Storm water from roadways typically drains through a network of pipes (the Municipal Separate Storm Sewer System, or “MS4”) to outfall locations into stream channels, or directly to the ocean. Over time, the pipes and outfall structures at many of these locations have degraded, resulting in soil erosion and negative water quality impacts. As part of the Action Plan to Address Erosional Outfalls, DOT-HWYS is permanently repairing degraded outfall structures and stabilizing eroded areas at these sites.
One of these repairs was recently completed at an outfall in Kailua that drains to the Kawainui watershed. Prior to repair, the end of the pipe at this outfall was severely corroded and broken, resulting in significant soil erosion. The design for this repair required a solution to fix the corroded pipe, stabilize the eroded slopes around the outfall, and provide flow dissipaters to reduce the potential for erosion in the future. A new lining was installed inside of the existing storm drain pipe to restore its functionality and prevent further corrosion. The eroded slopes around the outfall were stabilized using concrete cloth, which is a pliable fabric that is embedded with un-cured concrete. Once the slope was prepared, the concrete cloth was applied and anchored in place over the previously eroded areas. Then, water was applied to the fabric causing the concrete to activate and harden, creating an extremely durable and stable surface. In order to reduce storm water flow velocity and prevent future erosion “A-Jacks” concrete blocks were installed at the base of the outfall.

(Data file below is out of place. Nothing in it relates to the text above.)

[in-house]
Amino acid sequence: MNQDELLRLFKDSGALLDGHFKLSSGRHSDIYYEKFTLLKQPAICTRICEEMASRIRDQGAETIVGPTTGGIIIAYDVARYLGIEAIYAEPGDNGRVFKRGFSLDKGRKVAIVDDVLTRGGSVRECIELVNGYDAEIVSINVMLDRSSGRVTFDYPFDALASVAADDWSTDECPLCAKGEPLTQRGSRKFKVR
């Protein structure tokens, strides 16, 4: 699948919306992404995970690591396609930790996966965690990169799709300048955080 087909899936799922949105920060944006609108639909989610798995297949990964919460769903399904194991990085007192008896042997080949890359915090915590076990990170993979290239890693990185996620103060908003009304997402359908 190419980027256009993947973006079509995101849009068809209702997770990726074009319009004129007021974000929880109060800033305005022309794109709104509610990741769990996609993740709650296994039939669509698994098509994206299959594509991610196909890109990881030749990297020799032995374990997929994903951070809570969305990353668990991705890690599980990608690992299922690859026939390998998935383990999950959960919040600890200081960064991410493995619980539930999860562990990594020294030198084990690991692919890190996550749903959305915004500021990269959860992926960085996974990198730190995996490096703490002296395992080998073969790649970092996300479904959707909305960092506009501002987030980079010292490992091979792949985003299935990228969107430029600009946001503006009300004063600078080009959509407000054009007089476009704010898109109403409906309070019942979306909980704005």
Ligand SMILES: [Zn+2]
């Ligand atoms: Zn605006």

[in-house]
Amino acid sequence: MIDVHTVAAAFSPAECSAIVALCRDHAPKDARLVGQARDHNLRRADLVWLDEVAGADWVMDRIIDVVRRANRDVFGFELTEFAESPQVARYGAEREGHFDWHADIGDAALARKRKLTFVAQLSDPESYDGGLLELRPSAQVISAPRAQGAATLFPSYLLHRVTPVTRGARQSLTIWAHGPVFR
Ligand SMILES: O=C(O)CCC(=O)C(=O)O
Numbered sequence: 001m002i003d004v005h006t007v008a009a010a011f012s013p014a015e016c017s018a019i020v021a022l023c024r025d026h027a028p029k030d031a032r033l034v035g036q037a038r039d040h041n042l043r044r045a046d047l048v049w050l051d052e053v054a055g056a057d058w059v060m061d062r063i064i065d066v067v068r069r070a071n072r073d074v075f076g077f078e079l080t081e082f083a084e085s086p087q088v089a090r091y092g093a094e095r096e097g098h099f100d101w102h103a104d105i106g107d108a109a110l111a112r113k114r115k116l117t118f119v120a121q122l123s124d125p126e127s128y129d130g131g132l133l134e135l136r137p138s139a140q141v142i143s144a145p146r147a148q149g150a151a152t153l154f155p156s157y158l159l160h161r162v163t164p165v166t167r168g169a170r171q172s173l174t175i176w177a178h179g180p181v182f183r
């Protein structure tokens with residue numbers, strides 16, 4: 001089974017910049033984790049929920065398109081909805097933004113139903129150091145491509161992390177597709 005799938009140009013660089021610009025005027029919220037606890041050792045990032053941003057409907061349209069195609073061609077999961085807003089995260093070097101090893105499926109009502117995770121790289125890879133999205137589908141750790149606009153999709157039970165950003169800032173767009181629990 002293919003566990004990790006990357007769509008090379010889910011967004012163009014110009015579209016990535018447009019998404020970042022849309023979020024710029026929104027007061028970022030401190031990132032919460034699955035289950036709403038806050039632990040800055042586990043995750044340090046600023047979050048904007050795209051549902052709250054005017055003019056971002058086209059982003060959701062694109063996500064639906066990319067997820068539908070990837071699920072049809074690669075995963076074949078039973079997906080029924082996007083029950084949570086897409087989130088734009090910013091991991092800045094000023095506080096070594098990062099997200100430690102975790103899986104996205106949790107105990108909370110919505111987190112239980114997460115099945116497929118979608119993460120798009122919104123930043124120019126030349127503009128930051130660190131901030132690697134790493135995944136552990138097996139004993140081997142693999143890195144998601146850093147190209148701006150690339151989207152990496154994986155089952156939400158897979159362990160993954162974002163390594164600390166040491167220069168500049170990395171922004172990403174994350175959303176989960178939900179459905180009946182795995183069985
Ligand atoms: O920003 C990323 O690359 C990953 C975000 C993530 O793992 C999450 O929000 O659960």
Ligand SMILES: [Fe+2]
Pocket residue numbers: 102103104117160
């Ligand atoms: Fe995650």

The repair of this outfall is just one of many accomplishments that DOT-HWYS has completed in their ongoing efforts to improve the quality of storm water runoff from our highways.
This site was part of the Central Oahu Best Management Practices, Phase 2 project managed by DOT-HWYS Salt Lake Field Office.
Damaged and eroded storm water outfall in prior to repair.
Repaired and stabilized storm water outfall after project completion.